It’s sandwich time again. This is another of my favorites, and it’s extremely simple. I call it the ultimate tuna melt.
The Ultimate Tuna Melt
4 slices of bread (I prefer rye for this one)
1 can light tuna
1 tbsp light mayo
1 tbsp dijon mustard
1 stalk celery, finely chopped
1/2 red onion, finely chopped
1/4 tsp cayenne pepper
Freshly ground black pepper to taste
1 tbsp butter or butter substitute (I use promise)
1. Mix in a small bowl: tuna, mayo, mustard, celery, onion, and peppers.
2. Butter one side of each slice of bread.
3. Place the bread butter side down on a skillet over medium low heat.
4. Spoon the tuna mixture on top and top with cheese.
5. After the bread is golden brown on the bottom, place the second slice on top and flip, again butter side down.
6. Remove when the bottom is golden brown and the cheese is gooey.
I happen to believe that the sandwich is the most perfect food in existence. From panini to gyros to pb+h (I don’t much care for j) to s’mores (this is technically a sandwich), I am smitten. I would go so far as to call myself a sandwich enthusiast. Therefore, from time to time I will feature a sandwich.
Tory Avey, a food historian on PBS.com explains, “the earliest recognizable form of a sandwich may be the Korech or “Hillel sandwich” that is eaten during Jewish Passover. Hillel the Elder, a Jewish leader and rabbi who lived in Jerusalem during the time of King Herod (circa 110 BC), first suggested eating bitter herbs inside unleavened matzo bread. The herbs symbolized the bitterness of slavery, and the bread resembled the flatbreads made in haste by the ancient Israelites as they fled Egypt. Hillel’s simple recommendation of sandwiching the two foods together may indicate that this was already a popular way of serving food in the Middle East.” So it’s uncertain where they first originated, but this may be where today’s sandwich originates from.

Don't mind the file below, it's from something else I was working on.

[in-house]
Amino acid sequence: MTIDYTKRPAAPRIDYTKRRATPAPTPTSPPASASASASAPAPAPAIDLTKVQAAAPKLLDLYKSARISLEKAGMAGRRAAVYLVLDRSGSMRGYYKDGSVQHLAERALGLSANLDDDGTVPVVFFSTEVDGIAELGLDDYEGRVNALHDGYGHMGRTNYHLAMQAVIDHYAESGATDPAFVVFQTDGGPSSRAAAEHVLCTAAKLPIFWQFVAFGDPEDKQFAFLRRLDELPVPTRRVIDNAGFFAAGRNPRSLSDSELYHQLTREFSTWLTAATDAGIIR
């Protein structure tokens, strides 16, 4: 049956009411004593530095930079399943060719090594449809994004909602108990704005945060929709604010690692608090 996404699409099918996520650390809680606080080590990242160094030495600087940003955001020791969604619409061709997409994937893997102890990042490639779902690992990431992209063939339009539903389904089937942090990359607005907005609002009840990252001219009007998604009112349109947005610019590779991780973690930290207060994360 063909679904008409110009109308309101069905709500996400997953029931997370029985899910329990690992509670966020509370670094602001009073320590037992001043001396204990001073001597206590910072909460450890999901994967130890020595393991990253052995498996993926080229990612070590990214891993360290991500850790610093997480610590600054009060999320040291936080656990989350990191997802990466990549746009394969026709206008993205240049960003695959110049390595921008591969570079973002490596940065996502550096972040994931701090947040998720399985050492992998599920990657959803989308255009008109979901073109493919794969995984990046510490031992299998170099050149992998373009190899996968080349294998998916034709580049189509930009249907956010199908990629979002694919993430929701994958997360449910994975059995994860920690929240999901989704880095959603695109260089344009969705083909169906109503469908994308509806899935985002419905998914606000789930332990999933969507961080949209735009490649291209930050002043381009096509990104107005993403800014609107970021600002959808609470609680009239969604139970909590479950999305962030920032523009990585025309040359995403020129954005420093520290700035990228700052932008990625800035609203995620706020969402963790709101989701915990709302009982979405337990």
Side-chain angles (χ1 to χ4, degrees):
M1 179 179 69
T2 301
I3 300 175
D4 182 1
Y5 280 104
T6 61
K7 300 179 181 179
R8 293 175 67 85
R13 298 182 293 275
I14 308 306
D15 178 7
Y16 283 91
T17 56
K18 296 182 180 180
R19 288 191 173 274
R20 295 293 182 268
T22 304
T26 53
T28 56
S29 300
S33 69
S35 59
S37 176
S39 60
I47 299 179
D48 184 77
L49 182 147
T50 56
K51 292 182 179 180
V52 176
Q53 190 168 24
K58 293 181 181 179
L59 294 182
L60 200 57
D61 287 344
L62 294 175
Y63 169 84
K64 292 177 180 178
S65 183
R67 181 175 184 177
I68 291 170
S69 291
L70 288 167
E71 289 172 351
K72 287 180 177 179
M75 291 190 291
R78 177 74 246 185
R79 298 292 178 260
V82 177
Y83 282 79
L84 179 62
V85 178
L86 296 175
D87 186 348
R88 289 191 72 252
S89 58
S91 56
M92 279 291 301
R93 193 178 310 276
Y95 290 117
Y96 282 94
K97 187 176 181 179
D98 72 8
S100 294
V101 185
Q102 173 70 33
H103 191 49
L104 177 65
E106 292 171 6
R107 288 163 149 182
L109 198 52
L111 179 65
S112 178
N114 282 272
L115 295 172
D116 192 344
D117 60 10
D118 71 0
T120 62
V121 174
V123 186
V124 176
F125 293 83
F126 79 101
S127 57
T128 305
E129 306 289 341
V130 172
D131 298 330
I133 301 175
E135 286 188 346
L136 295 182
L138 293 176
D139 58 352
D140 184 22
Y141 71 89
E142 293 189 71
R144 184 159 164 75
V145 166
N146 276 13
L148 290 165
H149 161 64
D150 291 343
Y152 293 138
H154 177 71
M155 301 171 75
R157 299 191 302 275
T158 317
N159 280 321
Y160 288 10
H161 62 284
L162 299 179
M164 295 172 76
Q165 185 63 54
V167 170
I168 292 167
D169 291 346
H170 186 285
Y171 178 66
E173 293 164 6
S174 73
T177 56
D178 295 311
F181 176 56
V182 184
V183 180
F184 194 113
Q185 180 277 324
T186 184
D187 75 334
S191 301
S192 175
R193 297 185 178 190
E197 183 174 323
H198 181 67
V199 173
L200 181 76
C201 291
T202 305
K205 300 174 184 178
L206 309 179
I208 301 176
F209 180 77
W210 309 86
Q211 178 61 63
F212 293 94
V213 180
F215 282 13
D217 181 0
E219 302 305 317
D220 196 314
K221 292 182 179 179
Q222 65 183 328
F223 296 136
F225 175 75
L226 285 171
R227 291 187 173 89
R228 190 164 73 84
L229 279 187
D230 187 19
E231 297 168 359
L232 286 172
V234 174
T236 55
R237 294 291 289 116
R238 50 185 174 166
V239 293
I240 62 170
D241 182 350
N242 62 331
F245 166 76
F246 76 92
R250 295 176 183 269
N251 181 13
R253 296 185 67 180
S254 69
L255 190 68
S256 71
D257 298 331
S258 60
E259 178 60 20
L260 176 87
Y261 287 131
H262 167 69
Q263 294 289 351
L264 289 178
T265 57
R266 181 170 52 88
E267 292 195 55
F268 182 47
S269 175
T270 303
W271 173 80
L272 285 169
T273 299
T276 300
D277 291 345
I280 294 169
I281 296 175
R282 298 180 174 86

My favorite sandwich has the distinction of being created by my husband and named after me. The Dana. It is so named because it is the most delicious thing in the world, and I am not shy about singing its praises.